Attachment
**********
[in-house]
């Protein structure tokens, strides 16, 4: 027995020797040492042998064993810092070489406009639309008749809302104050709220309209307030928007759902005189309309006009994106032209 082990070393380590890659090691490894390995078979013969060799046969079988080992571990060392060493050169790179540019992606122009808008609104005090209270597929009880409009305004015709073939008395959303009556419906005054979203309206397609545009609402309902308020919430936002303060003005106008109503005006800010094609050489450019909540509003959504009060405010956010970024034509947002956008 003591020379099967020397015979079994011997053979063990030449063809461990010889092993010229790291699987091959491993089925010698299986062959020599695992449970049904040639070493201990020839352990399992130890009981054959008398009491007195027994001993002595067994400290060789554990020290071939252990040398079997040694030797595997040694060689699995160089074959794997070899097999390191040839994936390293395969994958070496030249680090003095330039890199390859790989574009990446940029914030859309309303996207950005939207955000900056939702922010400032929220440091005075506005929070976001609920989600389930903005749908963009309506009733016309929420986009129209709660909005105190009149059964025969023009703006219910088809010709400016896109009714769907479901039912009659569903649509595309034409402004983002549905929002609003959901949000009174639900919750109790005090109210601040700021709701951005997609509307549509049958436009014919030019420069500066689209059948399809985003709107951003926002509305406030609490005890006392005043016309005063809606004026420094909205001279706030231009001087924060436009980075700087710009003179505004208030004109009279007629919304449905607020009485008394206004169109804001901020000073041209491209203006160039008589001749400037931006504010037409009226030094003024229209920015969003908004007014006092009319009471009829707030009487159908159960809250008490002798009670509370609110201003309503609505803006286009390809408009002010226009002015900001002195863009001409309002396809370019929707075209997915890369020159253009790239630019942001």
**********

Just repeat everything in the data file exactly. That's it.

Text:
[in-house]
């Protein structure tokens, strides 16, 4: 027995020797040492042998064993810092070489406009639309008749809302104050709220309209307030928007759902005189309309006009994106032209 082990070393380590890659090691490894390995078979013969060799046969079988080992571990060392060493050169790179540019992606122009808008609104005090209270597929009880409009305004015709073939008395959303009556419906005054979203309206397609545009609402309902308020919430936002303060003005106008109503005006800010094609050489450019909540509003959504009060405010956010970024034509947002956008 003591020379099967020397015979079994011997053979063990030449063809461990010889092993010229790291699987091959491993089925010698299986062959020599695992449970049904040639070493201990020839352990399992130890009981054959008398009491007195027994001993002595067994400290060789554990020290071939252990040398079997040694030797595997040694060689699995160089074959794997070899097999390191040839994936390293395969994958070496030249680090003095330039890199390859790989574009990446940029914030859309309303996207950005939207955000900056939702922010400032929220440091005075506005929070976001609920989600389930903005749908963009309506009733016309929420986009129209709660909005105190009149059964025969023009703006219910088809010709400016896109009714769907479901039912009659569903649509595309034409402004983002549905929002609003959901949000009174639900919750109790005090109210601040700021709701951005997609509307549509049958436009014919030019420069500066689209059948399809985003709107951003926002509305406030609490005890006392005043016309005063809606004026420094909205001279706030231009001087924060436009980075700087710009003179505004208030004109009279007629919304449905607020009485008394206004169109804001901020000073041209491209203006160039008589001749400037931006504010037409009226030094003024229209920015969003908004007014006092009319009471009829707030009487159908159960809250008490002798009670509370609110201003309503609505803006286009390809408009002010226009002015900001002195863009001409309002396809370019929707075209997915890369020159253009790239630019942001």